Since last week’s announcement of changes to OfSTED the focus has been on the decision not to re-employ a large number of inspectors on the new contracts. Understandably, those who have suffered from an inconsistently applied framework, poor understanding of pedagogy and inaccurate analysis of data have asked questions about the standing of their grades. The implication is that those inspectors who have passed the test are the best. I’m not convinced that the test used by OfSTED allows that conclusion to be drawn. The use of the test certainly did not address the problems inherent in the framework nor necessarily will the new one day inspections, although the more positive starting point is welcome.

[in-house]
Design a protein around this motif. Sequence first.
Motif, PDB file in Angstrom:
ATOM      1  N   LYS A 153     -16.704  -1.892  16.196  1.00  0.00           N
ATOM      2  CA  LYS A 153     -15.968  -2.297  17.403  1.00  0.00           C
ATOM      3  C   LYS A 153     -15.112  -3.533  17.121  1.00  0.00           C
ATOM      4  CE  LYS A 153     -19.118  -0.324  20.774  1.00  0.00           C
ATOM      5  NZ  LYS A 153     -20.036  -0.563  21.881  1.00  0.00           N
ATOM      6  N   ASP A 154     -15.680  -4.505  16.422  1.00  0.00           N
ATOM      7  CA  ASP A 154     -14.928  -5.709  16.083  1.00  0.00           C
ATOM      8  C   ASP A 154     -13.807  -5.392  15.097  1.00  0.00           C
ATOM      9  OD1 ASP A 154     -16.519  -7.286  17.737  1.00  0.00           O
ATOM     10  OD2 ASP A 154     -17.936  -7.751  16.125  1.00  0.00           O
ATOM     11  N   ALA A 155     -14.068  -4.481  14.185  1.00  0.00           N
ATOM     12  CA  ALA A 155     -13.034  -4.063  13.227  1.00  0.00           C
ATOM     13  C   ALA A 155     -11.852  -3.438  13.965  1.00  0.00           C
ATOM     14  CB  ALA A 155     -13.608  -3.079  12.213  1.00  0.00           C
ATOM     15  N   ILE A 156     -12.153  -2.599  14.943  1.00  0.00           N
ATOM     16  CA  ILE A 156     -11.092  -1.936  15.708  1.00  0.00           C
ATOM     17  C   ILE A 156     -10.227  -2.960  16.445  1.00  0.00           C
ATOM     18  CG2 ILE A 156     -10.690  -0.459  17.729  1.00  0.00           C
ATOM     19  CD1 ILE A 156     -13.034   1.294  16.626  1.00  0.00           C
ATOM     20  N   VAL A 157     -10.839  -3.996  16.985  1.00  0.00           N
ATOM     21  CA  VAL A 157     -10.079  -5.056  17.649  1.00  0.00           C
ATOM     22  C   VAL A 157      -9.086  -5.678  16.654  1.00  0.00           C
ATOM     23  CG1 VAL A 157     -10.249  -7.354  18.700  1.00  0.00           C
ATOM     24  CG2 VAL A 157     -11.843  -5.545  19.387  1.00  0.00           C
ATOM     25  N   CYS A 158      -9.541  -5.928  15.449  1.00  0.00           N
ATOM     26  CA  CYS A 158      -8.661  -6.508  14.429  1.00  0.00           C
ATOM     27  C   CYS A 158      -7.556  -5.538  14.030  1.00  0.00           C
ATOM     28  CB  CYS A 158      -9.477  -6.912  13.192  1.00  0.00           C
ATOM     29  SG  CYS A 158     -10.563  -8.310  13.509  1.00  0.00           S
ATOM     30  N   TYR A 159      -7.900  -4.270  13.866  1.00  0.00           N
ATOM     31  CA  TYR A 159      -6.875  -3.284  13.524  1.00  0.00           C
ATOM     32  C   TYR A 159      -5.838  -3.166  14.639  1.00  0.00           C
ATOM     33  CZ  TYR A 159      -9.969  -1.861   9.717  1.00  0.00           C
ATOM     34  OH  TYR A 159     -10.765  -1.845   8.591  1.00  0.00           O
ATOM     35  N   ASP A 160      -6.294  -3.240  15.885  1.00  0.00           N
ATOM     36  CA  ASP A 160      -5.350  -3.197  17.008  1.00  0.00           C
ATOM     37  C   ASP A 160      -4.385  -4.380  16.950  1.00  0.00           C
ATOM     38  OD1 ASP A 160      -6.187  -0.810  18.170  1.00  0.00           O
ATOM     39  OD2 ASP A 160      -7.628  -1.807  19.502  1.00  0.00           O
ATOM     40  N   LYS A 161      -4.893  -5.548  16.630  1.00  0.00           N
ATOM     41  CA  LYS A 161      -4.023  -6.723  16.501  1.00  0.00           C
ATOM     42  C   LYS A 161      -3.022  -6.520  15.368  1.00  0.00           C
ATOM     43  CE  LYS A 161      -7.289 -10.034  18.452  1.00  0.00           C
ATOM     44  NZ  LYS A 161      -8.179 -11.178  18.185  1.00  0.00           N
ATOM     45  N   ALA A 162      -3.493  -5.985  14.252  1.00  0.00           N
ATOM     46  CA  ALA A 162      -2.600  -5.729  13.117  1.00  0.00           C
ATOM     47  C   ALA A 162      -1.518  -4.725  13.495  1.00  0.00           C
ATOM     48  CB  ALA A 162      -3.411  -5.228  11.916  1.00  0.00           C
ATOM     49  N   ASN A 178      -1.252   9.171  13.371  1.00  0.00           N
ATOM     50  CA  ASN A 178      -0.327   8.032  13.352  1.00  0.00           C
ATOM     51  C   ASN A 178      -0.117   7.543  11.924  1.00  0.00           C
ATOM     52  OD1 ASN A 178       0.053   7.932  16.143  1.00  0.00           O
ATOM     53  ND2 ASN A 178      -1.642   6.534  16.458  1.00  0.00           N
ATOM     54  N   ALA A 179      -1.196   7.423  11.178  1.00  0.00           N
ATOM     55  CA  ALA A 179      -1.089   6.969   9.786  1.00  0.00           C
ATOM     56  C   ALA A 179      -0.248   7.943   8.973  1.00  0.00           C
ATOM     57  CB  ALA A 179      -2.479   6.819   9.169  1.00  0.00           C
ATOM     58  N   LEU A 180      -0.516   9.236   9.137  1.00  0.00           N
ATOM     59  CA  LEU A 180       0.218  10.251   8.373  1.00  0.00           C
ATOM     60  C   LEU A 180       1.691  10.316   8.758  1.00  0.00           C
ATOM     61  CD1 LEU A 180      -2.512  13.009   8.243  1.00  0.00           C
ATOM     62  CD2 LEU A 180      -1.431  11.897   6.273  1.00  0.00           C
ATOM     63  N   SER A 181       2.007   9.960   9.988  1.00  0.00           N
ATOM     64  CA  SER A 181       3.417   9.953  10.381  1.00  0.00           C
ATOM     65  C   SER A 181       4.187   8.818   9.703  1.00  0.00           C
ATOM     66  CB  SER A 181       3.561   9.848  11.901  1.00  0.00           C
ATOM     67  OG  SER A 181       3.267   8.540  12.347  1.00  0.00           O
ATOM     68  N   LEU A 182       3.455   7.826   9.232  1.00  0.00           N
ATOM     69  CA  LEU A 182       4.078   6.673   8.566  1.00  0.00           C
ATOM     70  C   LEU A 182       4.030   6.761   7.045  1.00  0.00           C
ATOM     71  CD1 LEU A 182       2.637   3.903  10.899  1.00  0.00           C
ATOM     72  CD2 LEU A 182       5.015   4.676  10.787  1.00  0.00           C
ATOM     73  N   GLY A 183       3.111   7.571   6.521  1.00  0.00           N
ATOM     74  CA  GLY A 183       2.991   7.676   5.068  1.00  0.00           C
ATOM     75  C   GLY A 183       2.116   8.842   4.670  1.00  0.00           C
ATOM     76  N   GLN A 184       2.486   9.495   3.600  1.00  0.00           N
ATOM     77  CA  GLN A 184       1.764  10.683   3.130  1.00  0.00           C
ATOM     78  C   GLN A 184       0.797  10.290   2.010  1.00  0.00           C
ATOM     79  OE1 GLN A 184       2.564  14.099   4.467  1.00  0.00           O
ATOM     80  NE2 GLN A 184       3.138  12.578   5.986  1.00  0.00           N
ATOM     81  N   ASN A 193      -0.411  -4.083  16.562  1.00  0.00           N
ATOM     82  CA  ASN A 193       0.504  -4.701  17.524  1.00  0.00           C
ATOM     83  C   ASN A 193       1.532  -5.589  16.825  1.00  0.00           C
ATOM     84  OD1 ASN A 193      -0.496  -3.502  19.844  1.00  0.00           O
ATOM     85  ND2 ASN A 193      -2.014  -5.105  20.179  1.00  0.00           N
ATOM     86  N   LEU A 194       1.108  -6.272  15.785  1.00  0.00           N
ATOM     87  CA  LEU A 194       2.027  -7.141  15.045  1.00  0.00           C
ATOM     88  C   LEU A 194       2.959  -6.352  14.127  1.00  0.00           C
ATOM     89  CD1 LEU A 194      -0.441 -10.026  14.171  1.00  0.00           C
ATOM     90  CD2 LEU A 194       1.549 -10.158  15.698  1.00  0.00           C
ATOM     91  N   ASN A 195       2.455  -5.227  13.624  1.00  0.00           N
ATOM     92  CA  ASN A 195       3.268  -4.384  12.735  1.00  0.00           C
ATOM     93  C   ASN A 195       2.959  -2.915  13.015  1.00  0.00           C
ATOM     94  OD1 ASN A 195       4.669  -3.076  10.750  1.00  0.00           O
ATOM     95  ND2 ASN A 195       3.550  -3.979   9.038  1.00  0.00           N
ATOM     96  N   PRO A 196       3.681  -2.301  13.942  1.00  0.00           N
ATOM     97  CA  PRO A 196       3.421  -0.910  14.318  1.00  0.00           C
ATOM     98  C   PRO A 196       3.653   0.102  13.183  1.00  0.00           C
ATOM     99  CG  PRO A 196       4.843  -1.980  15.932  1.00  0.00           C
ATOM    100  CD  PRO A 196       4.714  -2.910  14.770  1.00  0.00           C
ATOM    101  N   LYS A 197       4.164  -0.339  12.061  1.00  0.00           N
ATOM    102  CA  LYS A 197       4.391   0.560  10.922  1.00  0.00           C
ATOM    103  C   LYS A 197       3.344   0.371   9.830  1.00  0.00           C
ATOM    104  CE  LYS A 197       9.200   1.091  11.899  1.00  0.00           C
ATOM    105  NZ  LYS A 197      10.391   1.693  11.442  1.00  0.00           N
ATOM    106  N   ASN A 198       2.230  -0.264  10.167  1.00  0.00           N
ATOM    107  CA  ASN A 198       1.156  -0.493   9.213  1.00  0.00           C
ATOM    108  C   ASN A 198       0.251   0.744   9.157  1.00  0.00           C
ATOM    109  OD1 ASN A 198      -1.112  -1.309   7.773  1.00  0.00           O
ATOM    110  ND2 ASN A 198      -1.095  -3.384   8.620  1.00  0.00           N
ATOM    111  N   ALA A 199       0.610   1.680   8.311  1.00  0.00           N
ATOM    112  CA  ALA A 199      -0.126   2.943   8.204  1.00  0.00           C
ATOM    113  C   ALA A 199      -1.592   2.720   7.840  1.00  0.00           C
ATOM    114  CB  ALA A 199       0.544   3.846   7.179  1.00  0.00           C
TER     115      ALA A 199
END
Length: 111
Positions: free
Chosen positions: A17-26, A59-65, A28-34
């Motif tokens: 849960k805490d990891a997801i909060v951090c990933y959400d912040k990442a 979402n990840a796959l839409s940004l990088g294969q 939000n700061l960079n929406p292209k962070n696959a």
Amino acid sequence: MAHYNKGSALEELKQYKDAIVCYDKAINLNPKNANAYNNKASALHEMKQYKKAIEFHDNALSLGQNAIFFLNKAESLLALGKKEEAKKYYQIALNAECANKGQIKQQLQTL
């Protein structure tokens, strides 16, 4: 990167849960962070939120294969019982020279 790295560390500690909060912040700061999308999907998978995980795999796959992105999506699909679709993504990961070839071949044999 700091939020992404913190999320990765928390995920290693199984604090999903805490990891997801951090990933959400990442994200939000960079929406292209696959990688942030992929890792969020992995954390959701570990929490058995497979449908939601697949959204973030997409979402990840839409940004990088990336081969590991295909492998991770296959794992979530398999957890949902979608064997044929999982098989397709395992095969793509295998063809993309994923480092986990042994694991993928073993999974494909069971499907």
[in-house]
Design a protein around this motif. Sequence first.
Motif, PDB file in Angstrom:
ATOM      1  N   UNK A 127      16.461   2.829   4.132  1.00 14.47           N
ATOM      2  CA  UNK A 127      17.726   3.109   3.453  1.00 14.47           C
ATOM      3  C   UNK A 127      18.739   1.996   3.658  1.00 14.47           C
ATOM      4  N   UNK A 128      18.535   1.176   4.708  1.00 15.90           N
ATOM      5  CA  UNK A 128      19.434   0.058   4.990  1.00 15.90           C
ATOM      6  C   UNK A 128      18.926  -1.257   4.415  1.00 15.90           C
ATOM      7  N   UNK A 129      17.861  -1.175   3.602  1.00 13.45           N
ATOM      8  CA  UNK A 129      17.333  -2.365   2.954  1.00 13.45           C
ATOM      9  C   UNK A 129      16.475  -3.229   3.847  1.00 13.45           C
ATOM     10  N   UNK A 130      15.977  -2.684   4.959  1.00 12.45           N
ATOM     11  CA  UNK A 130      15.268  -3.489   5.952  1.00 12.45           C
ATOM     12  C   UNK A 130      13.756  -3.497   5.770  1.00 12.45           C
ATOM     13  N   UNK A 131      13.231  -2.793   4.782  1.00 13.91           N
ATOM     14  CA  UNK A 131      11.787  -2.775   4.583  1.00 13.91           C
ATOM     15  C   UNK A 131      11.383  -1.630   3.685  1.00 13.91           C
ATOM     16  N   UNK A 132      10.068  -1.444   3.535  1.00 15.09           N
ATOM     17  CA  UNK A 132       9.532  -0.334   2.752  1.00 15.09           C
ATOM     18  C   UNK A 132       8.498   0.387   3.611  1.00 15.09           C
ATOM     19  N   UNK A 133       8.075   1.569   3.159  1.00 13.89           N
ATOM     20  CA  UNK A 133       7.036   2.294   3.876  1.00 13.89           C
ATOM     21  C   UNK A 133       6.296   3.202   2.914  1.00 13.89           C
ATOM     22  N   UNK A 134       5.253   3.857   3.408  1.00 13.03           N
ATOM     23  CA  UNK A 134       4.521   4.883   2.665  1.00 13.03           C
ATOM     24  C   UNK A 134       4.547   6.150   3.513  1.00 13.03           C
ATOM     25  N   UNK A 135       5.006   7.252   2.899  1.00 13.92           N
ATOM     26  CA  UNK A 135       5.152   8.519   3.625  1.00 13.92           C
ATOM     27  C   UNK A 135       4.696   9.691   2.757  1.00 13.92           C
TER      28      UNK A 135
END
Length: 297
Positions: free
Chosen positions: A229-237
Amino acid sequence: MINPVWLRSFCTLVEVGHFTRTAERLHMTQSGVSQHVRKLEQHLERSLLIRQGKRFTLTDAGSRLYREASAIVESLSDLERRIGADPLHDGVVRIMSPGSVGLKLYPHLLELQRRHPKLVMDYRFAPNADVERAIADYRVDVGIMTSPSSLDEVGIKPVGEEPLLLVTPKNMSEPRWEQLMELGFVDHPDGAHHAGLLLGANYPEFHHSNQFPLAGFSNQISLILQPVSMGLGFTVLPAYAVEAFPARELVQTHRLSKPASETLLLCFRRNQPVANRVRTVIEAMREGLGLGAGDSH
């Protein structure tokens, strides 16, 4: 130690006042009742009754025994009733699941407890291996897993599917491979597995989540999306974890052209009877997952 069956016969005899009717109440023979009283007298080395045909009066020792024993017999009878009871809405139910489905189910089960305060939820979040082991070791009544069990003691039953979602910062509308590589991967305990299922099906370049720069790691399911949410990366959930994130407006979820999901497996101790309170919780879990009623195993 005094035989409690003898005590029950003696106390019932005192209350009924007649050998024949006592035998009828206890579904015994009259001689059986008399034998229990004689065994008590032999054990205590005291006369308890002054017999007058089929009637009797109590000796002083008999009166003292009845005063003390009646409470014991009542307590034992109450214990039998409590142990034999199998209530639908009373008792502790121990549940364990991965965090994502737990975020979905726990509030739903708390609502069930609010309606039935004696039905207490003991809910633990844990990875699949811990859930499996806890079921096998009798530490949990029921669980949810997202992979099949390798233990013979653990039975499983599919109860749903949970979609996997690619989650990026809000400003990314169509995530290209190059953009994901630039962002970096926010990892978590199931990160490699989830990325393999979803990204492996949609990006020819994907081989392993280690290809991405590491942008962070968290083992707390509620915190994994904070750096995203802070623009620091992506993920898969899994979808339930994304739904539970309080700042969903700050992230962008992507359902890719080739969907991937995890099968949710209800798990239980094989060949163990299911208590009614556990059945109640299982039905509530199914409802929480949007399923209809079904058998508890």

The key point is that this change is not about improving inspection. As with many other policy developments, the new framework and reduction in number of inspectors is driven by the Treasury. The remaining inspectors may not be any better or worse than those let go and the framework may or may not be an improvement but we can be sure that money will be saved which is the point of the exercise.